It was the time when the Wall came down. It seemed like the whole world wandered into East Berlin: the new frontier. In the heart of a pre-war metropolis and previously prohibited area surrounding Potsdamer Platz, electronic music lovers found a new location which was made to measure for the underground scene: Tresor, a new home that once housed the bank vaults of Europe’s largest department store in the 1920’s.Since 1991 it has been here that Berlin’s DJ’s and musicians have continued to meet techno and house artists from all over the world: Jeff Mills and Underground Resistance, Daniel Bell, Blake Baxter, Cristian Vogel, Juan Atkins, Neil Landstrumm, Joey Beltram, Surgeon, The Advent and many more.
Starting a „club label“ was the next logical step, helped by the growing contacts with the artists. In the late summer of 1991 Tresor Records began as a subsidiary label of Interfisch Records (Clock DVA, Final Cut feat. Jeff Mills, Cosmic Baby, TV Victor) with the release of „Sonic Destroyer“ by the Detroit trio Undergound Resistance. The Berlin-Detroit connection has proven beneficial and vital for the artists and the Berlin team ever since the Interfisch days. The label has proven itself a formidable platform for diverse projects including the Tresor Club Headquarters releases, the housefloor series of Globus Mixes, the legendary Tresor Compilations and productions by some of Berlin’s and the world’s most respected electronic music composers, DJs and producers.
Tresor Records is characterized by the principle not to release material fast and indiscriminately but rather to put emphasis on long term collaborations with its artists. In more than 260 releases involving the participation of hundreds of artists – whether one-off or regular Tresor names – the motto „quality instead of quantity“ remains engraved on the underground stones of the Tresor legend. From the underground to you. Strictly Tresor.
It was in 1988 that the Interfisch label team founded a club and a record label to expose the new sounds of House, Acid House and early Techno. The club was called „UFO“; the name synonymous with Berlin’s Acid and Techno roots. Its reputation resounded through all of Europe until UFO closed at the beginning of 1991. At that time the Wall had finally come down and the world was able to wander into East Berlin for the first time in forty years.
While looking for a new home for the „UFO“ club audience, an ideal location was suddenly discovered in the previously forbidden Wall zone adjacent to central Berlin’s Potsdamer Platz. On March 14th the massive steel doors were pried open to reveal Tresor Club: two levels of iron-barred subterranean rooms and safety-deposit boxes that were once the unbreakable vaults of Europe’s largest department store, located directly in the heart of the pre-war metropolis. Tresor became a meeting place where Berlin’s DJ’s and musicians (i.e. Maurizio, Paul Van Dyk, Dr. Motte, Tanith) linked up with renowned turntable-artists from Techno strongholds elsewhere in the world: Undergound Resistance, Baby Ford, Blake Baxter, Eddie ‘Flashin’ Fowlkes, Juan Atkins, Mr. C and many other legendary figures.
The second Tresor compilation, “Tresor II: Berlin-Detroit: A Techno Alliance“ (Tresor.013) was the world’s first exposure to this newfound relation between the sister cities: once-powerful industrial hubs driven to decay but still vitalised with creative energy.
Nineteen-ninety-five was a vital year for the label musically: Jeff Mills and Robert Hood would depart late in the year to spend more time on their own respective projects, and new connections to equally qualified talents were underway that would spread the label’s fanbase even further. Mid-year brought the label proud introductions to longtime Underground originators Joey Beltram (Queens, NYC) and Cristian Vogel of No Future Management (Brighton, UK): artists not originally from Detroit or Berlin yet both equally resolute about the quality of their music.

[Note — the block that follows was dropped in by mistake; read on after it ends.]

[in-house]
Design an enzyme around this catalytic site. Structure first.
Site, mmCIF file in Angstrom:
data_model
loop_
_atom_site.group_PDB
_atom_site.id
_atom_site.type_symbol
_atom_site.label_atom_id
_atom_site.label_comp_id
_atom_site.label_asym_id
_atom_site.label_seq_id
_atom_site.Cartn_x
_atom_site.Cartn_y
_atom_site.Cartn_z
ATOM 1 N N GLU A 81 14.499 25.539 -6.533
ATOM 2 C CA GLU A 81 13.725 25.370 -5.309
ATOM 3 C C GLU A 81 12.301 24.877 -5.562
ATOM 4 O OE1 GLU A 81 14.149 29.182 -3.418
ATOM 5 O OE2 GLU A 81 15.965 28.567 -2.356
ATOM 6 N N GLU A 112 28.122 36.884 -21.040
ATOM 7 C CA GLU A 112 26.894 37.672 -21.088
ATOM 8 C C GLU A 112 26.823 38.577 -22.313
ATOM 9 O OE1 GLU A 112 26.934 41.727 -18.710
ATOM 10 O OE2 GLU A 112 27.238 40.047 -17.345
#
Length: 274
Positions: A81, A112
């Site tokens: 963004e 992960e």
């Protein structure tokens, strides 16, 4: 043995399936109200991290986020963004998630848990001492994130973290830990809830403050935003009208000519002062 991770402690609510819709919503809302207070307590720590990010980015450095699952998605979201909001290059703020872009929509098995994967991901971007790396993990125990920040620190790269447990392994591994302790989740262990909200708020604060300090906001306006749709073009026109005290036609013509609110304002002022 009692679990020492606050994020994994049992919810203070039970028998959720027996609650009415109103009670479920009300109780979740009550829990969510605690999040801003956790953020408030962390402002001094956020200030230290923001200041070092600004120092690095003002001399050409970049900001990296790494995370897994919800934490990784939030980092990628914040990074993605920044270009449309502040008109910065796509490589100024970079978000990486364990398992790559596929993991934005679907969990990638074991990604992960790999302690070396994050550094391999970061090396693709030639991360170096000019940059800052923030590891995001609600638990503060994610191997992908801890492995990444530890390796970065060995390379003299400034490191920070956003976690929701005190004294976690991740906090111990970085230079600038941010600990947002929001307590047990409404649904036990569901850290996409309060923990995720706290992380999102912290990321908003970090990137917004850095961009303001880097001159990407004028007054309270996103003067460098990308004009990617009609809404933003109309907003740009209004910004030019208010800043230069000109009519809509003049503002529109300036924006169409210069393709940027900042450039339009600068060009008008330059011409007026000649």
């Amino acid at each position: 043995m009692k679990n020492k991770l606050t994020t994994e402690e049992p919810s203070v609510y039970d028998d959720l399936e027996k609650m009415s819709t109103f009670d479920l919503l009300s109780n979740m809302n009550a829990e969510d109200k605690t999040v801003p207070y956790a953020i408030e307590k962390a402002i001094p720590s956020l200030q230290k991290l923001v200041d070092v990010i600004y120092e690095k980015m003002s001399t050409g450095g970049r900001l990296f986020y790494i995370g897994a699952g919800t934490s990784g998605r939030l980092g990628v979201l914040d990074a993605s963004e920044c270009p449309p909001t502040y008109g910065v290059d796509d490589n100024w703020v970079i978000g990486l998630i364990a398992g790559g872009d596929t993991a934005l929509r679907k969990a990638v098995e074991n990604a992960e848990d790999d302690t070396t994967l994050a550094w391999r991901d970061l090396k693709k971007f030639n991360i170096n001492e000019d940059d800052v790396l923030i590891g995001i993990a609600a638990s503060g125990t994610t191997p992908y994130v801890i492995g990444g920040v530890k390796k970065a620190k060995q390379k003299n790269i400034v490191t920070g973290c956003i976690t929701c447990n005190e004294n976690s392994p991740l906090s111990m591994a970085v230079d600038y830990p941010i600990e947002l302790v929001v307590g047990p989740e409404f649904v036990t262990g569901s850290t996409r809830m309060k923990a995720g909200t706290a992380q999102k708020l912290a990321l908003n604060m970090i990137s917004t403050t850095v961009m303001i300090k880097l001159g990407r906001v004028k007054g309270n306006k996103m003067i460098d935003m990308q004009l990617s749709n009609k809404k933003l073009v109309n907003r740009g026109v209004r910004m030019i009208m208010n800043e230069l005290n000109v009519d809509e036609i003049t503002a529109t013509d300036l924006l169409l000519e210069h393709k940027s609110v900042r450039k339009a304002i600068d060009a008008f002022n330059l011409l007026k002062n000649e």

Because of the British bond that subsequently developed since the label’s introduction to Cristian Vogel, more of No Future Management’s finest sons began to make their own history via Tresor Records: Neil Landstrumm (Edinburgh), Si Begg (London), and Tobias Schmidt (Edinburgh) set the world in dazzled admiration with their unique, future-funking, underground techno productions. Their important new works uncorked new possibilities for Techno and kicked the traditions of ‘dance music’ into the realm of ‘art music’.
“Tresor IV: Solid“, the next in the seminal Tresor compilation series, began the year that would herald another high point in the label’s history. “Tresor IV“ (Tresor.063) is a soundtrack of Berlin life, at times dark and melancholy, at other times sunlit and ebullient. The tracks selected were produced by Berlin-based and international favorites alike.
After celebrating its 6th anniversary in September 1997 Tresor Records had even more to celebrate in 1998: the hundredth record. Longstanding as well as new Tresor artists and friends immortalized themselves by presenting their tracks of sophisticated techno on the compilation “Tresor 100“ (Tresor.100).
Tresor Records also started a new series of Mix CDs connected to the club. DJ Mitja Prinz opened with his set of House Traxx recorded in Globus, the upper floor of the Tresor Club. Blake Baxter followed up with an explosive mix of “A Decade Underground“ (Tresor.098) and in 1999 Rok took over. A Tresor DJ from the very beginning, he called his turntable activities “Sturm & Drang“ (Tresor.115). New tracks recorded exclusively for Tresor by Cristian Vogel, Tobia Schmidt, Dave Tarrida, Neil Landstrumm, Surgeon, Pacou, Alan Oldham, Scan 7 and Holy Ghost as well as newcomers from Finland (Leo Laker), Greece (Savvaas Ysatis), USA (Stewart Walker) and Germany (Sender Berlin & DisX3), kept the techno crowd on the dance floor.
With the break-in of the millenium Tresor not only entered its 9th year of existence but also its most prolific year of production yet.. 1999 still echoed and some of the most outstanding vinyl-only tracks from the year highlighted the 3rd volume in the CD-only Annex series (Tresor.136). Speaking of CD-only, the 4th and 5th installment in the Globus Mix series were released, this time from Daniel Bell and his cool mix entitled “The Button-Down Mind Of Daniel Bell“ (Tresor.142); and from tech-house beatmaster Matthew Herbert with his mix entitled “Let’s All Make Mistakes“ (Tresor.157), accompanied by the spin-off EP “Mistakes“ at the same time.
Tresor Records celebrates its tenth birthday! A year of majestic and unforgettable releases. The year was launched with gusto by our soul-sonic hero Blake Baxter, whose final chapter in his Tresor Records legendary Dream Sequence trilogy is entitled “Dream Sequence 3: The Collective“ (Tresor.160). His ten years with Tresor are brilliantly reflected here – from stomping disco floor tracks to deeply introspective excursions.